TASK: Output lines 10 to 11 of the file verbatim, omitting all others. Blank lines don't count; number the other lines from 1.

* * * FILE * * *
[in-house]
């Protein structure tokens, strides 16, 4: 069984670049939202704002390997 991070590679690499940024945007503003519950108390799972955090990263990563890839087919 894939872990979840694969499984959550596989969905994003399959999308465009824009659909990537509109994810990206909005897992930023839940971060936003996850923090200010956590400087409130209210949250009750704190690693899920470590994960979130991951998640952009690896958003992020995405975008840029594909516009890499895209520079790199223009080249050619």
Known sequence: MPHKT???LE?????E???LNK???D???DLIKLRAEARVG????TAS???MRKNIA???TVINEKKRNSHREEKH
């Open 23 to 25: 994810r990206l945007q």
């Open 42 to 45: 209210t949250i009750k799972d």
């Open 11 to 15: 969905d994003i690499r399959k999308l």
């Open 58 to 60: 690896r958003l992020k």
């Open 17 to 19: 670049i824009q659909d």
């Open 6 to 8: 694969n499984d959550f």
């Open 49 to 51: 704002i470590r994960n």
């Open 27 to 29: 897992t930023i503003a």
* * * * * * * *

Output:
């Open 49 to 51: 704002i470590r994960n």
């Open 27 to 29: 897992t930023i503003a």